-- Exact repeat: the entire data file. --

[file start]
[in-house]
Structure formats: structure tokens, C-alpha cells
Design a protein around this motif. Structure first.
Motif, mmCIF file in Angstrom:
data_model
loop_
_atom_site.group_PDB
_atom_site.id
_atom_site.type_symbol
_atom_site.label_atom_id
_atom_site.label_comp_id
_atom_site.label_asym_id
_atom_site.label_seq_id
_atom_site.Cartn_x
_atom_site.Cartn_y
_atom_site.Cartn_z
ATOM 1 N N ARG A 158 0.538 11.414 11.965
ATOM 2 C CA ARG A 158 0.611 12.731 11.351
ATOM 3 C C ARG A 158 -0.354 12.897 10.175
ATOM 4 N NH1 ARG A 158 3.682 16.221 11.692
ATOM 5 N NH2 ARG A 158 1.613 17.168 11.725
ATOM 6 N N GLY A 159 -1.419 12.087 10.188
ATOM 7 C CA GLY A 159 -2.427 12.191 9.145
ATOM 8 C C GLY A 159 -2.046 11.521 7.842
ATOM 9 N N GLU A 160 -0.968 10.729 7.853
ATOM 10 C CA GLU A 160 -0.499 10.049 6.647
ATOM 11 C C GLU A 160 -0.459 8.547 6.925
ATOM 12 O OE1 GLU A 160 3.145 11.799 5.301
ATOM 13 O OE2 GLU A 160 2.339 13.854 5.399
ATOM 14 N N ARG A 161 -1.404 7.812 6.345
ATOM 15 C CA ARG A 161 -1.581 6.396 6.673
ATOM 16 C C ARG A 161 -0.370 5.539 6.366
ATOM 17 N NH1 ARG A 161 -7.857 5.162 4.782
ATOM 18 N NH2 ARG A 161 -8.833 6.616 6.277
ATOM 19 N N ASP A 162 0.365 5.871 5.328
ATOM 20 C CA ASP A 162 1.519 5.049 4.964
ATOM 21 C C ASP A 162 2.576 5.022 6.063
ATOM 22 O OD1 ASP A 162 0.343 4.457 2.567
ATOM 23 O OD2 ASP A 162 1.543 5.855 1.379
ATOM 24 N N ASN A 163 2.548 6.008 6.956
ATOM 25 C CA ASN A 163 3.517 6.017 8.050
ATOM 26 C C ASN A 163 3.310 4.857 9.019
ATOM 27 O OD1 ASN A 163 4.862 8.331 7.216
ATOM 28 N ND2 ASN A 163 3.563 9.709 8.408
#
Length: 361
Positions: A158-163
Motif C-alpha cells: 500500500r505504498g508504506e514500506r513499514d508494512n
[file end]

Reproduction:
[in-house]
Structure formats: structure tokens, C-alpha cells
Design a protein around this motif. Structure first.
Motif, mmCIF file in Angstrom:
data_model
loop_
_atom_site.group_PDB
_atom_site.id
_atom_site.type_symbol
_atom_site.label_atom_id
_atom_site.label_comp_id
_atom_site.label_asym_id
_atom_site.label_seq_id
_atom_site.Cartn_x
_atom_site.Cartn_y
_atom_site.Cartn_z
ATOM 1 N N ARG A 158 0.538 11.414 11.965
ATOM 2 C CA ARG A 158 0.611 12.731 11.351
ATOM 3 C C ARG A 158 -0.354 12.897 10.175
ATOM 4 N NH1 ARG A 158 3.682 16.221 11.692
ATOM 5 N NH2 ARG A 158 1.613 17.168 11.725
ATOM 6 N N GLY A 159 -1.419 12.087 10.188
ATOM 7 C CA GLY A 159 -2.427 12.191 9.145
ATOM 8 C C GLY A 159 -2.046 11.521 7.842
ATOM 9 N N GLU A 160 -0.968 10.729 7.853
ATOM 10 C CA GLU A 160 -0.499 10.049 6.647
ATOM 11 C C GLU A 160 -0.459 8.547 6.925
ATOM 12 O OE1 GLU A 160 3.145 11.799 5.301
ATOM 13 O OE2 GLU A 160 2.339 13.854 5.399
ATOM 14 N N ARG A 161 -1.404 7.812 6.345
ATOM 15 C CA ARG A 161 -1.581 6.396 6.673
ATOM 16 C C ARG A 161 -0.370 5.539 6.366
ATOM 17 N NH1 ARG A 161 -7.857 5.162 4.782
ATOM 18 N NH2 ARG A 161 -8.833 6.616 6.277
ATOM 19 N N ASP A 162 0.365 5.871 5.328
ATOM 20 C CA ASP A 162 1.519 5.049 4.964
ATOM 21 C C ASP A 162 2.576 5.022 6.063
ATOM 22 O OD1 ASP A 162 0.343 4.457 2.567
ATOM 23 O OD2 ASP A 162 1.543 5.855 1.379
ATOM 24 N N ASN A 163 2.548 6.008 6.956
ATOM 25 C CA ASN A 163 3.517 6.017 8.050
ATOM 26 C C ASN A 163 3.310 4.857 9.019
ATOM 27 O OD1 ASN A 163 4.862 8.331 7.216
ATOM 28 N ND2 ASN A 163 3.563 9.709 8.408
#
Length: 361
Positions: A158-163
Motif C-alpha cells: 500500500r505504498g508504506e514500506r513499514d508494512n